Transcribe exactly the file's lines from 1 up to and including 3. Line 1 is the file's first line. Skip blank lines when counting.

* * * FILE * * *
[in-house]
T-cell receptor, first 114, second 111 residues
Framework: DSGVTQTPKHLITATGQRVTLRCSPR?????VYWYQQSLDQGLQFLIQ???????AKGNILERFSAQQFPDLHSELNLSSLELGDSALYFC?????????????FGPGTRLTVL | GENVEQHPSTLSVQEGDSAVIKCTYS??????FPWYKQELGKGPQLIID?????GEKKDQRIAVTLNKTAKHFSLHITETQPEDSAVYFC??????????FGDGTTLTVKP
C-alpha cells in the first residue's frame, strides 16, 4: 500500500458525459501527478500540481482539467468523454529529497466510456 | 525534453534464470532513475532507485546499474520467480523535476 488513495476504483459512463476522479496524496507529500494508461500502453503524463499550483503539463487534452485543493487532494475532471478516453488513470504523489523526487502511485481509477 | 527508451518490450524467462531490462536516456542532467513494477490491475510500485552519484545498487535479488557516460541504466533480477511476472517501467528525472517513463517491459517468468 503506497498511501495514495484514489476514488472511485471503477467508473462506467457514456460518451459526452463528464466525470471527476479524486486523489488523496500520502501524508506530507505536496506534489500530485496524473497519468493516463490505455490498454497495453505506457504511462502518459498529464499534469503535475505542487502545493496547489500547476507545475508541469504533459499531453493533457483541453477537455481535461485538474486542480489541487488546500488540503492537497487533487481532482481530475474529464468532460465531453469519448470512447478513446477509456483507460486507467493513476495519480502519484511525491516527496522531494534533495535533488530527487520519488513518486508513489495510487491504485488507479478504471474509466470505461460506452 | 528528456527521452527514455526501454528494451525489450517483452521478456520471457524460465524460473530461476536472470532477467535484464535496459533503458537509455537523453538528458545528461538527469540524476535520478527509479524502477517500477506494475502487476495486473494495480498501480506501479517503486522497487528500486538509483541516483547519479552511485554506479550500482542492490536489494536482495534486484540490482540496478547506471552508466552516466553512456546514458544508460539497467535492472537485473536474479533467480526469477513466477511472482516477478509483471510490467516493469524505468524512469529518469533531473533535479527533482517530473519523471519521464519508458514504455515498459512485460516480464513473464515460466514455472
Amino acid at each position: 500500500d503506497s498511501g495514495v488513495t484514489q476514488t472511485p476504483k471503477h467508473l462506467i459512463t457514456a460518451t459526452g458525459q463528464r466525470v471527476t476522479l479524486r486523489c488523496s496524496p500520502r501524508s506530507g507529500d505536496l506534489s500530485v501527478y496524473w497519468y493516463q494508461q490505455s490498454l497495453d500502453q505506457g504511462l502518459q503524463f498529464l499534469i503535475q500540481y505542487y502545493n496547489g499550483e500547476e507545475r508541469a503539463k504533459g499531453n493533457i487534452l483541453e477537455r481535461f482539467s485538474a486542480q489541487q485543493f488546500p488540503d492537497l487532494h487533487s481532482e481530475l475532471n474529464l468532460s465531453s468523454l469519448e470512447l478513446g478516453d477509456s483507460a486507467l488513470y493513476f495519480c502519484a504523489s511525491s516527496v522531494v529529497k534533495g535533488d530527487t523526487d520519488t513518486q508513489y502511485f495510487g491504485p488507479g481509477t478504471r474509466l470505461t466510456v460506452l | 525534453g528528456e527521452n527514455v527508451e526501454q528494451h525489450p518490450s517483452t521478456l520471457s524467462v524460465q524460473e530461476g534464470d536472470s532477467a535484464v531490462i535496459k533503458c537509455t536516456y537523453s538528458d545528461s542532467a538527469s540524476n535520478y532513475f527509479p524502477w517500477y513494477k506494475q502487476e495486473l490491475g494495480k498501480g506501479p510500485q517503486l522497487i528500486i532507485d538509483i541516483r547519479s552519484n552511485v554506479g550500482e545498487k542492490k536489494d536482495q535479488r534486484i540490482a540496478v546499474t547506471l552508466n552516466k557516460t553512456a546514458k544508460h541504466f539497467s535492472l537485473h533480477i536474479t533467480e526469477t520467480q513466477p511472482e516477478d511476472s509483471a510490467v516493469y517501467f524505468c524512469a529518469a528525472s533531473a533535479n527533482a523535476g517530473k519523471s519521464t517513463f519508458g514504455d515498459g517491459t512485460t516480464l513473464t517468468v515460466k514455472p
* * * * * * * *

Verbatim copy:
[in-house]
T-cell receptor, first 114, second 111 residues
Framework: DSGVTQTPKHLITATGQRVTLRCSPR?????VYWYQQSLDQGLQFLIQ???????AKGNILERFSAQQFPDLHSELNLSSLELGDSALYFC?????????????FGPGTRLTVL | GENVEQHPSTLSVQEGDSAVIKCTYS??????FPWYKQELGKGPQLIID?????GEKKDQRIAVTLNKTAKHFSLHITETQPEDSAVYFC??????????FGDGTTLTVKP